Jump to main content
Jump to site search

Issue 1, 2015
Previous Article Next Article

Novel artificial metalloenzymes by in vivo incorporation of metal-binding unnatural amino acids

Author affiliations

Abstract

Artificial metalloenzymes have emerged as an attractive new approach to enantioselective catalysis. Herein, we introduce a novel strategy for preparation of artificial metalloenzymes utilizing amber stop codon suppression methodology for the in vivo incorporation of metal-binding unnatural amino acids. The resulting artificial metalloenzymes were applied in catalytic asymmetric Friedel–Crafts alkylation reactions and up to 83% ee for the product was achieved.

Graphical abstract: Novel artificial metalloenzymes by in vivo incorporation of metal-binding unnatural amino acids

Back to tab navigation

Supplementary files

Article information


Submitted
23 May 2014
Accepted
09 Oct 2014
First published
09 Oct 2014

This article is Open Access
All publication charges for this article have been paid for by the Royal Society of Chemistry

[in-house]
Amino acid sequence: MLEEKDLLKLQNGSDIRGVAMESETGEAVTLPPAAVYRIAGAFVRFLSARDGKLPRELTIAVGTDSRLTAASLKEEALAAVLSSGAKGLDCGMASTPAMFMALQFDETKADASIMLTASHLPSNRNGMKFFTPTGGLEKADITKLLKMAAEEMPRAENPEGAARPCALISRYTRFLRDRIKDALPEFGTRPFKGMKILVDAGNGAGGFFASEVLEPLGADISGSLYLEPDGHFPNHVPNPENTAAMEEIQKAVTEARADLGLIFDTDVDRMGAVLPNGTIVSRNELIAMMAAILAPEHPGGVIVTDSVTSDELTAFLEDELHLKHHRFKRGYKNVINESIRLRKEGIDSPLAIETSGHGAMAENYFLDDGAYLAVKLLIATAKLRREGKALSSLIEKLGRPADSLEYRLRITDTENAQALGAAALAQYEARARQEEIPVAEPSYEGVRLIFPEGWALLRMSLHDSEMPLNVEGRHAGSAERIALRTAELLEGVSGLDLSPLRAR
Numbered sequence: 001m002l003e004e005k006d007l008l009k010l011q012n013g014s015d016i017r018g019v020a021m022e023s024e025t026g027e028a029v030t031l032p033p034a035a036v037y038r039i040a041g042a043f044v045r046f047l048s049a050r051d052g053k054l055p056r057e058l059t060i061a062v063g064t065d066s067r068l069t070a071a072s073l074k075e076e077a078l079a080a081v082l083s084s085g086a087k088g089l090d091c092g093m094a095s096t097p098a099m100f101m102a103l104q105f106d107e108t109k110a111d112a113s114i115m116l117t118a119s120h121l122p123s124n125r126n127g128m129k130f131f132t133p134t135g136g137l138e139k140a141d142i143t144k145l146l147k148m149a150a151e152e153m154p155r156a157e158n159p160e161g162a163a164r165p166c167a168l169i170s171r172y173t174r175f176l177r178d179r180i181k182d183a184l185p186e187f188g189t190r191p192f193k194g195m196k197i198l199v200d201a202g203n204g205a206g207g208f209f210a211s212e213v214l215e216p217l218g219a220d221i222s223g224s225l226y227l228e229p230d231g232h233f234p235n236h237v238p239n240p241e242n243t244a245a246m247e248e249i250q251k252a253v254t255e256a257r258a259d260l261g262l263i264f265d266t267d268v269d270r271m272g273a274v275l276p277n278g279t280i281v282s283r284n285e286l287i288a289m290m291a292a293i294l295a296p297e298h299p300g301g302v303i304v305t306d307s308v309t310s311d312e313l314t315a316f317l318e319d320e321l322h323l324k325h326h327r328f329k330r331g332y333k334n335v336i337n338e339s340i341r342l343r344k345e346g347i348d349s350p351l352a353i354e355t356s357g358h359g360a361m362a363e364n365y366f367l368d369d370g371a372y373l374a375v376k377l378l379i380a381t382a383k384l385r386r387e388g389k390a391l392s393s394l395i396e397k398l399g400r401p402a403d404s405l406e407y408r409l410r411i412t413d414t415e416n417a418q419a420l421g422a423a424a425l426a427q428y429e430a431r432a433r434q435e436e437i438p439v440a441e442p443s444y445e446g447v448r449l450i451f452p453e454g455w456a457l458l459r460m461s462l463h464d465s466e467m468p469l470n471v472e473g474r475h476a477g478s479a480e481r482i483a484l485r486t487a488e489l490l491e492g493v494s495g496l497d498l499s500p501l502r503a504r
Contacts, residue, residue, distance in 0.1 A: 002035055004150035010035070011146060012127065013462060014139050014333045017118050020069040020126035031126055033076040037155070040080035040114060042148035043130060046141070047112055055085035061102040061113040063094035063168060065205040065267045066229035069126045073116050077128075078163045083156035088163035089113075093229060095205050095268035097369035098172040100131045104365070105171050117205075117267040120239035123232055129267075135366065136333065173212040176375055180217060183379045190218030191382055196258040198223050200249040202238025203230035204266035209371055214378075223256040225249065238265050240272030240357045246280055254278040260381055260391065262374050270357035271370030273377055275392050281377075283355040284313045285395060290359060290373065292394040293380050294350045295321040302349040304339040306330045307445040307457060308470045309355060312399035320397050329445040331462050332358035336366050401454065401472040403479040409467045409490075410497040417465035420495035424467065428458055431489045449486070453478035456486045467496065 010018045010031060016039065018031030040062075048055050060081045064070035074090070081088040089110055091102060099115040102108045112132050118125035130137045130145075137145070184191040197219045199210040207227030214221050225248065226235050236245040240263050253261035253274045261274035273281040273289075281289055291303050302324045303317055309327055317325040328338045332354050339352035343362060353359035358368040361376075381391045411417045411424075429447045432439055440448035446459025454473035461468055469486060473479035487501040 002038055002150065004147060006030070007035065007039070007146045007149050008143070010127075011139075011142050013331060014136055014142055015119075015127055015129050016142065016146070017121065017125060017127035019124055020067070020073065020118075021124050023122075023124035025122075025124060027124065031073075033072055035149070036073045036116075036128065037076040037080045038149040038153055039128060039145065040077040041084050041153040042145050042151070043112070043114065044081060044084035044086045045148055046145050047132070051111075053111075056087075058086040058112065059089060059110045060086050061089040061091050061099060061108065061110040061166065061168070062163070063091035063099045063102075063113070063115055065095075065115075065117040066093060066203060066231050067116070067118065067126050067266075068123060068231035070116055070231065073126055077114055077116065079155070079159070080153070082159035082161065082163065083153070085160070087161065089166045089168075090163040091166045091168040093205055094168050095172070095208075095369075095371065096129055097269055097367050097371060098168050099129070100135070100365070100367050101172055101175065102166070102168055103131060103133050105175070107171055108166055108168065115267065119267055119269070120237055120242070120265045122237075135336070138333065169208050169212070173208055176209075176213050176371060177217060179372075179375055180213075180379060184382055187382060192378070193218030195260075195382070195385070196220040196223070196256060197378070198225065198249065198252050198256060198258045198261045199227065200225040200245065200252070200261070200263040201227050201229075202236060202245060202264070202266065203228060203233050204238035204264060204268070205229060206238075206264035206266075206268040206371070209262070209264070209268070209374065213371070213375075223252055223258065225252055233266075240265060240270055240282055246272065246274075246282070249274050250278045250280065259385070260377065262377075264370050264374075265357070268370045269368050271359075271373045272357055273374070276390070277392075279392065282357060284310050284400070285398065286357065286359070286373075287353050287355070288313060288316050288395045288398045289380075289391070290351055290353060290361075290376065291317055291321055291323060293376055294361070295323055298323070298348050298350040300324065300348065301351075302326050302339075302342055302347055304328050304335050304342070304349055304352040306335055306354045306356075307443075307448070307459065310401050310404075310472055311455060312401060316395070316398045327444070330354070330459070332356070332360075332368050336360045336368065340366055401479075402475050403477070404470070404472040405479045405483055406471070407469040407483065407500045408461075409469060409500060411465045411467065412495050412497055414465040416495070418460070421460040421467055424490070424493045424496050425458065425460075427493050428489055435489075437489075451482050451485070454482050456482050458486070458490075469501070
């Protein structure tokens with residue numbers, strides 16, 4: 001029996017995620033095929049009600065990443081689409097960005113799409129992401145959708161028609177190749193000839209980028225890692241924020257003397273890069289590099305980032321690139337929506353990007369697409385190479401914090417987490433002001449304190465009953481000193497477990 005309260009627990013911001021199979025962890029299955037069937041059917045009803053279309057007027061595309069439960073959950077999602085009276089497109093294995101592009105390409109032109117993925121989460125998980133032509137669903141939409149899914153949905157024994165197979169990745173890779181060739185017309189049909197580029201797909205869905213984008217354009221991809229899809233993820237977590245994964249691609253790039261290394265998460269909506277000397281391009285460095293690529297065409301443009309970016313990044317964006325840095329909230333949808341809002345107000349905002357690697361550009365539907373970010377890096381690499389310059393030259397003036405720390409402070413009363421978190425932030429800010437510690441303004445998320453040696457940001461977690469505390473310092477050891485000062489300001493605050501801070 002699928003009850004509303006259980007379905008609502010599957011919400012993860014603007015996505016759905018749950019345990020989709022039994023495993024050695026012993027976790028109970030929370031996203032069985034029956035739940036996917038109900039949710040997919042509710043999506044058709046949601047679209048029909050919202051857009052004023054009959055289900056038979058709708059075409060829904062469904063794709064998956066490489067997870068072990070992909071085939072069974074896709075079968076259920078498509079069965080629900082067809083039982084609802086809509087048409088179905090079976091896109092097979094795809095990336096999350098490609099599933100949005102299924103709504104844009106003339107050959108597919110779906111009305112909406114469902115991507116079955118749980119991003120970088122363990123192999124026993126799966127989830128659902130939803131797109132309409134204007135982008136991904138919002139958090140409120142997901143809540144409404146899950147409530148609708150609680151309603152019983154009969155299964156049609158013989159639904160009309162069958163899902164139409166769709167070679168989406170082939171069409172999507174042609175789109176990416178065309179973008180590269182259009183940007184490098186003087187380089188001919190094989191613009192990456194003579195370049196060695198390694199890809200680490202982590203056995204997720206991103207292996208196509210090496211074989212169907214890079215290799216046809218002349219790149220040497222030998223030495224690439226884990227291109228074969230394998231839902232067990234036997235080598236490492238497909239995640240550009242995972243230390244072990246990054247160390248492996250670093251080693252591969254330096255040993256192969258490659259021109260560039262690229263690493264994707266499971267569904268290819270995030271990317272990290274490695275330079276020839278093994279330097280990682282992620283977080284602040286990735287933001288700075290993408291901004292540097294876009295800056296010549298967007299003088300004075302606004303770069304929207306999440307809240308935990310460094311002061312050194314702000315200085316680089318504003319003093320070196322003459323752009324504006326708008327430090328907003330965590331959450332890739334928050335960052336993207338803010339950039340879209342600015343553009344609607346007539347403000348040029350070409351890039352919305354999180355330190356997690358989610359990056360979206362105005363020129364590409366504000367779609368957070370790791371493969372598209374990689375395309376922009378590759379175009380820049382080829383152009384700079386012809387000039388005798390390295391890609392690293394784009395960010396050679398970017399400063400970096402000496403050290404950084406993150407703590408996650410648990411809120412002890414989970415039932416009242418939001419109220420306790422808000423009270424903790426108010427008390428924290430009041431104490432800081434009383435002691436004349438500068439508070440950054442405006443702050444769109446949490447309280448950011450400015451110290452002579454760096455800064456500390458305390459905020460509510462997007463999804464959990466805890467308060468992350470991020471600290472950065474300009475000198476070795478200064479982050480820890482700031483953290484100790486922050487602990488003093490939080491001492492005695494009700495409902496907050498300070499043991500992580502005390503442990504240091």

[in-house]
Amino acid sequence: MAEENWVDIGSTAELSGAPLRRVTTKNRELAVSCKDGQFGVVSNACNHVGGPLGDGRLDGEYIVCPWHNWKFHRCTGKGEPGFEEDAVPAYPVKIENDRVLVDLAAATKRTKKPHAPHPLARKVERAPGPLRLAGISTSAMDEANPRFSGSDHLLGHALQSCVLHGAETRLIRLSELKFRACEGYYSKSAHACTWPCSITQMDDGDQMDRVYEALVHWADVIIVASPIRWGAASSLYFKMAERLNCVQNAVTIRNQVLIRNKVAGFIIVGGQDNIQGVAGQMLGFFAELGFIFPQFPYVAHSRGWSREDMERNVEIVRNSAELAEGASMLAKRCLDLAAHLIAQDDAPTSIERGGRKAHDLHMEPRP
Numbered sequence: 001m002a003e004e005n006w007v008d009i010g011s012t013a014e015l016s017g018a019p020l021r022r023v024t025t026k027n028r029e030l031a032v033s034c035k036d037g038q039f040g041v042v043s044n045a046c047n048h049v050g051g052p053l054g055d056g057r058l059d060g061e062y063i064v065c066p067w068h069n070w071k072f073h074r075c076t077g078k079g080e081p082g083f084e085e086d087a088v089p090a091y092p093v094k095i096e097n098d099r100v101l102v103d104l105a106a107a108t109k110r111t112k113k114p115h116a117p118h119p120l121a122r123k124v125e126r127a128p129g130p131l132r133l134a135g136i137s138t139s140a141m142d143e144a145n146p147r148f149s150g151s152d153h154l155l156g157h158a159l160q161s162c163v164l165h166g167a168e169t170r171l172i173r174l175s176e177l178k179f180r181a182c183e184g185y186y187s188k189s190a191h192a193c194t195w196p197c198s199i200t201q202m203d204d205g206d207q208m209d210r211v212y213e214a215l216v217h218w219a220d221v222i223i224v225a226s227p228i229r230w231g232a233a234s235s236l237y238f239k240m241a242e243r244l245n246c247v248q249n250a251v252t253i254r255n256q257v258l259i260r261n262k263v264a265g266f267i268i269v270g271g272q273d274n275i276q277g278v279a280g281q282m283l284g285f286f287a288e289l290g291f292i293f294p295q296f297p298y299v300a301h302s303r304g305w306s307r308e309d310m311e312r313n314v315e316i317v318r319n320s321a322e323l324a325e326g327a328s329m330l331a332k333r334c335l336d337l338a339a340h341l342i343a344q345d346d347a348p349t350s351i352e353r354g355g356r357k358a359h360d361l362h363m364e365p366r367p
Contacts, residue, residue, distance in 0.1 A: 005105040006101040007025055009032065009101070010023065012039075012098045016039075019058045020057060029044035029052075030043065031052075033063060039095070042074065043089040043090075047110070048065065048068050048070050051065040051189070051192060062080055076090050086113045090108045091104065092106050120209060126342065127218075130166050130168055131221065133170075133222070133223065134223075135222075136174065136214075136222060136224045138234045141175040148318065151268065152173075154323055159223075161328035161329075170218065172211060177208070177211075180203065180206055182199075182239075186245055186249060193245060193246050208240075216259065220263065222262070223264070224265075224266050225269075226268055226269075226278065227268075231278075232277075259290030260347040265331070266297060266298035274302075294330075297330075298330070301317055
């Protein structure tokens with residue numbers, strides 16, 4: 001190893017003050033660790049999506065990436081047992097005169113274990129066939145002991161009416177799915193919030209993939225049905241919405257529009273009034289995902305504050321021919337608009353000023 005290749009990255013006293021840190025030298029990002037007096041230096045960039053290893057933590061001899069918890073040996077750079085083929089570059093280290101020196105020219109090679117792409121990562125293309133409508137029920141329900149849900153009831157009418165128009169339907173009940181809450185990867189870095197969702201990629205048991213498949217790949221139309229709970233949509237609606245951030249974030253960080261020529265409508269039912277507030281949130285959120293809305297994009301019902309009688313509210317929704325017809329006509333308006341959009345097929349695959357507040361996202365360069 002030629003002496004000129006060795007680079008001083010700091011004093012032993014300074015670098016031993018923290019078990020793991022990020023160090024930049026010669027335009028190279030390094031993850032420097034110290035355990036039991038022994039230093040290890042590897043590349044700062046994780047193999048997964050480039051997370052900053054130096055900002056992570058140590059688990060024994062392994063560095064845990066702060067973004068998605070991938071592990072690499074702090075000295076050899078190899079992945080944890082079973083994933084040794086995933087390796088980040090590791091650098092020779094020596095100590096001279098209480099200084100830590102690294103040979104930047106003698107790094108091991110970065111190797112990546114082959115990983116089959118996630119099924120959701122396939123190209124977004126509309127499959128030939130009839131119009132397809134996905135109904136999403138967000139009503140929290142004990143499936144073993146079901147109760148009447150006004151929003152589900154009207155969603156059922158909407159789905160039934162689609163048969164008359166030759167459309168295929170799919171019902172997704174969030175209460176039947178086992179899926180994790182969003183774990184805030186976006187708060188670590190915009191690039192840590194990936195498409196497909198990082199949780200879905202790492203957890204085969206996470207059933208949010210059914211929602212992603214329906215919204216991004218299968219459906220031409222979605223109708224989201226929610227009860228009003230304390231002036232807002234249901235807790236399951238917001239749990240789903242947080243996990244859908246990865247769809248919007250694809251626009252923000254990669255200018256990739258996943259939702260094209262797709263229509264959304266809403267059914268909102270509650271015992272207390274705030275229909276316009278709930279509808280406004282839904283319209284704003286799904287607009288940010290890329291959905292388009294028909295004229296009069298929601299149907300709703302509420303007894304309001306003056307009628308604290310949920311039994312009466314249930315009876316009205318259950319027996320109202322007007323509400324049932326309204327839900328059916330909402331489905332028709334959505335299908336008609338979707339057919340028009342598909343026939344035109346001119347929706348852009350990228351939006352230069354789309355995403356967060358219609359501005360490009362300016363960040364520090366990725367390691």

Chem. Sci., 2015,6, 770-776
Article type
Edge Article
Author version available

Novel artificial metalloenzymes by in vivo incorporation of metal-binding unnatural amino acids

I. Drienovská, A. Rioz-Martínez, A. Draksharapu and G. Roelfes, Chem. Sci., 2015, 6, 770
DOI: 10.1039/C4SC01525H

This article is licensed under a Creative Commons Attribution 3.0 Unported Licence. Material from this article can be used in other publications provided that the correct acknowledgement is given with the reproduced material.

Reproduced material should be attributed as follows:

  • For reproduction of material from NJC:
    [Original citation] - Published by The Royal Society of Chemistry (RSC) on behalf of the Centre National de la Recherche Scientifique (CNRS) and the RSC.
  • For reproduction of material from PCCP:
    [Original citation] - Published by the PCCP Owner Societies.
  • For reproduction of material from PPS:
    [Original citation] - Published by The Royal Society of Chemistry (RSC) on behalf of the European Society for Photobiology, the European Photochemistry Association, and RSC.
  • For reproduction of material from all other RSC journals:
    [Original citation] - Published by The Royal Society of Chemistry.

Information about reproducing material from RSC articles with different licences is available on our Permission Requests page.


Social activity

Search articles by author

Spotlight

Advertisements